I begin my remarks with a general caveat: I hope that the minister will continue to monitor the impacts and the costs of this bill and other measures on organisations in the voluntary sector, which are undoubtedly in a vulnerable financial situation.
I do not doubt Adam Ingram's concern—which is shared by all members of the Education Committee—for the voluntary sector, but I was rather amused to hear an SNP front-bench spokesman, who cannot seem to add up to £11 billion, talking about the Executive having problems with its sums. However, I will get back to the subject of this debate.
As Donald Gorrie reminded us, volunteers all have their disclosure costs paid for them, as is right. However, the voluntary sector ranges widely from what might be described as professional organisations through to the most ad hoc groups. The people about whom we are talking are paid staff; they are in the voluntary sector but they are paid employees. I am not sure that there is any logic in treating paid staff in the voluntary sector any differently from paid staff in the statutory sector—I do not see why a social worker who works for a voluntary organisation that provides a statutory service should be treated any differently from a social worker who works for a statutory organisation such as a local authority.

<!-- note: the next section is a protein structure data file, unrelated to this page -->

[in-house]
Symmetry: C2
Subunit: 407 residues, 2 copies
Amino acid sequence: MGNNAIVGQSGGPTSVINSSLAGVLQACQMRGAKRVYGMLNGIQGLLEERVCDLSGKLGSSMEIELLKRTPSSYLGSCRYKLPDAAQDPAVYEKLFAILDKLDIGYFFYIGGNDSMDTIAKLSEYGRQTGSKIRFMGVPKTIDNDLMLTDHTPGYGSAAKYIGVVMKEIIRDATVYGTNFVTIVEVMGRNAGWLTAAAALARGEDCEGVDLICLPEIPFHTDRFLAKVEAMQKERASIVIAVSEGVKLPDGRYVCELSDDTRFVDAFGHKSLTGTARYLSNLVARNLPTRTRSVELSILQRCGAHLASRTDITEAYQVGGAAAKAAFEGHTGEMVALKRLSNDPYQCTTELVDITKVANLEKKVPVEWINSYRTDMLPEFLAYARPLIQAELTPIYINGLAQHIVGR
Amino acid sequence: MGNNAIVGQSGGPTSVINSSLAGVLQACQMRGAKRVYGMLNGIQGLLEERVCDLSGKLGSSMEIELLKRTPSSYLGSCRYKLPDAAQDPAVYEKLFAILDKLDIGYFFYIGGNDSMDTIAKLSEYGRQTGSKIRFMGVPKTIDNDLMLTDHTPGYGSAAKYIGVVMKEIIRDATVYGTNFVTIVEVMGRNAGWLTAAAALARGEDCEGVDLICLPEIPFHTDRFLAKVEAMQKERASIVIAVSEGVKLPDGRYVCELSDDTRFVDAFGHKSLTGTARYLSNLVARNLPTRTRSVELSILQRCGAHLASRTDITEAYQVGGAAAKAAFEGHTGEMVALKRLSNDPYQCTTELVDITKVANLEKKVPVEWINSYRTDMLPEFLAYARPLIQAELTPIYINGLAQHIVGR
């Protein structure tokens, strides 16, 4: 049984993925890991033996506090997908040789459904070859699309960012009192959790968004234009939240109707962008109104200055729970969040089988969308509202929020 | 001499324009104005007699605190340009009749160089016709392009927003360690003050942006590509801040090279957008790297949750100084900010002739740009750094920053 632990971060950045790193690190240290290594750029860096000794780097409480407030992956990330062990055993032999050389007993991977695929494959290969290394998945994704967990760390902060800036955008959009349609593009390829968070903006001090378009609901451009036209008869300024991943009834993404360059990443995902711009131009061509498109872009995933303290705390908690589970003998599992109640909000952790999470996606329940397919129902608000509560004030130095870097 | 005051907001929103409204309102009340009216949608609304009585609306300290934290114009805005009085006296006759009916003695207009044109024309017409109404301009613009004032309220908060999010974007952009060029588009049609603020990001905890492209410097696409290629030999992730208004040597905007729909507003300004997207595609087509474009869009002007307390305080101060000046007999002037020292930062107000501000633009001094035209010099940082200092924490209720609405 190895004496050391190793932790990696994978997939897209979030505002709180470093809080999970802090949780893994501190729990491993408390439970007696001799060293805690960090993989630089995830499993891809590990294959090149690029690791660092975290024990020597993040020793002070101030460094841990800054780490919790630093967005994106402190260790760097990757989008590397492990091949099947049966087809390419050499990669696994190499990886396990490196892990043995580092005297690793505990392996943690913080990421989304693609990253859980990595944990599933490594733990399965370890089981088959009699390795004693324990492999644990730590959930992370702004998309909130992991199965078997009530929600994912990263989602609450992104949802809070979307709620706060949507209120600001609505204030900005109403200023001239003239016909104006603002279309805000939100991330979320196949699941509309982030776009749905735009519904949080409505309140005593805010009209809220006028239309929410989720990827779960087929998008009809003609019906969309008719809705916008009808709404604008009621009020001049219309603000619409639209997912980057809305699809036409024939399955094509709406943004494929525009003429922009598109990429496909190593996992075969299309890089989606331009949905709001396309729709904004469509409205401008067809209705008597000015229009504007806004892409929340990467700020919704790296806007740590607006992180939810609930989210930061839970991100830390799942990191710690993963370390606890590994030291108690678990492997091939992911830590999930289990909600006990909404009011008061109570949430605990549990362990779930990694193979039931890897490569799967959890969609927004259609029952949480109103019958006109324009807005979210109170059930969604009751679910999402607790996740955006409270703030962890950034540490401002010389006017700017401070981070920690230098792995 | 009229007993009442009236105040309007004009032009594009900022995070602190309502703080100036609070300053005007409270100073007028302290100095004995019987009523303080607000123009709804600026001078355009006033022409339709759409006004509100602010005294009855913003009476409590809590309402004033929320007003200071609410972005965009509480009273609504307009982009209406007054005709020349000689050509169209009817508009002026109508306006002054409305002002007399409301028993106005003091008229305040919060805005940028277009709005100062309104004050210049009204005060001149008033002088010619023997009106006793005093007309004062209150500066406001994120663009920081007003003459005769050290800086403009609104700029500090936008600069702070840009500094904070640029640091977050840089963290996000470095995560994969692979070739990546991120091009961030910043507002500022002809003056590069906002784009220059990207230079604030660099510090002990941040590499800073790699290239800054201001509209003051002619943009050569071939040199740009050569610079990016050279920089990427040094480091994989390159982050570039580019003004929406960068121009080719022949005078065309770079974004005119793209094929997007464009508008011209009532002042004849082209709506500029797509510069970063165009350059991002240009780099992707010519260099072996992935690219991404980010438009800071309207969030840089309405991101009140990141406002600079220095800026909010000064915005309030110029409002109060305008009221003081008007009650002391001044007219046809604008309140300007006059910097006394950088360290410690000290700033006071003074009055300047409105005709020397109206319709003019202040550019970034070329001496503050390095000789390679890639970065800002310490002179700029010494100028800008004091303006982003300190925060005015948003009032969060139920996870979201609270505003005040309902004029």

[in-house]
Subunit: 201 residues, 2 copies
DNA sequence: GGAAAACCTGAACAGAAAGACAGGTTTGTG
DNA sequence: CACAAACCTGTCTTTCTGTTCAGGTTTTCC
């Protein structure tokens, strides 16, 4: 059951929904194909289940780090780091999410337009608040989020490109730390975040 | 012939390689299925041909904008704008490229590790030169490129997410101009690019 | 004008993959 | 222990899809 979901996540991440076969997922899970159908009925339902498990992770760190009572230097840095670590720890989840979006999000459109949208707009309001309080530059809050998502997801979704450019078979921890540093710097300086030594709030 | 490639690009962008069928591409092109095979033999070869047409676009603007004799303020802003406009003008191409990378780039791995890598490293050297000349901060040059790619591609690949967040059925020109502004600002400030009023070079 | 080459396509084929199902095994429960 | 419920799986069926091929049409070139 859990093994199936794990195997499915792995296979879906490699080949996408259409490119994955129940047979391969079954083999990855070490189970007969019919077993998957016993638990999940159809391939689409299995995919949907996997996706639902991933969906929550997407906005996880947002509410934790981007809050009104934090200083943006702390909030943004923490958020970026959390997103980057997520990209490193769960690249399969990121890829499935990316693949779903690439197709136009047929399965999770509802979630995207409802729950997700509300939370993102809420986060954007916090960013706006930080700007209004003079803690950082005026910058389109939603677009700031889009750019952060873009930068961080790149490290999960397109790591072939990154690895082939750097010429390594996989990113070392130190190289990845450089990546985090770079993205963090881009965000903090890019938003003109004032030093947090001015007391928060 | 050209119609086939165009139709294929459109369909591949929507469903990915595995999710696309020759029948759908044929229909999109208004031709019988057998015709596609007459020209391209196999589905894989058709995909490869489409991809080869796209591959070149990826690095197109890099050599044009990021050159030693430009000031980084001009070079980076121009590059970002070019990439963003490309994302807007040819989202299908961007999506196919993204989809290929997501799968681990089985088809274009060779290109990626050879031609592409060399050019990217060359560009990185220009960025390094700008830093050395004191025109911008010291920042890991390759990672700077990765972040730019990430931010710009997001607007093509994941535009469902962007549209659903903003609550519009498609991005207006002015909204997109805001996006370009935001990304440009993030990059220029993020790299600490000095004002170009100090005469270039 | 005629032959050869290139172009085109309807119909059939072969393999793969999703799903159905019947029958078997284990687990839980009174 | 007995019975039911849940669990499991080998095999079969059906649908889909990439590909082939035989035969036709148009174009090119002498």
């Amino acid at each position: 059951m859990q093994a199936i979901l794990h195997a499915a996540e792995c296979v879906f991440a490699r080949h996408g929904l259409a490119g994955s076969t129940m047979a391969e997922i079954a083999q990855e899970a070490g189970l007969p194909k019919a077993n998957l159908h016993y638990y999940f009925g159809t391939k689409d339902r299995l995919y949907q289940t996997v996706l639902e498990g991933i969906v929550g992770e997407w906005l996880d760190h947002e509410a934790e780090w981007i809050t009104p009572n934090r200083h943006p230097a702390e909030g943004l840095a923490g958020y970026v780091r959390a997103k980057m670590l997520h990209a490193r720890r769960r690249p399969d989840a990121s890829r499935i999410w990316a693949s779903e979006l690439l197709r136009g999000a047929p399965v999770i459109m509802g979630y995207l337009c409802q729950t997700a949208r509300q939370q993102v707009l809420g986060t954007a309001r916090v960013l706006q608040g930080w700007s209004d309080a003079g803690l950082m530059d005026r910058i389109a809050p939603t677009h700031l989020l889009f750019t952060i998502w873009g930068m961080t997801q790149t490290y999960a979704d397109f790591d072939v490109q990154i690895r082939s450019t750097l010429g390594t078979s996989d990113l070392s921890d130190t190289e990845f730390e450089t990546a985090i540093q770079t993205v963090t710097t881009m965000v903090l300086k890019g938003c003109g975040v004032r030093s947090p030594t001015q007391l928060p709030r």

It is important that organisations in the voluntary sector recover their costs, and they should do so through the usual mechanisms—through their contract with the local authorities, the health authorities or whatever.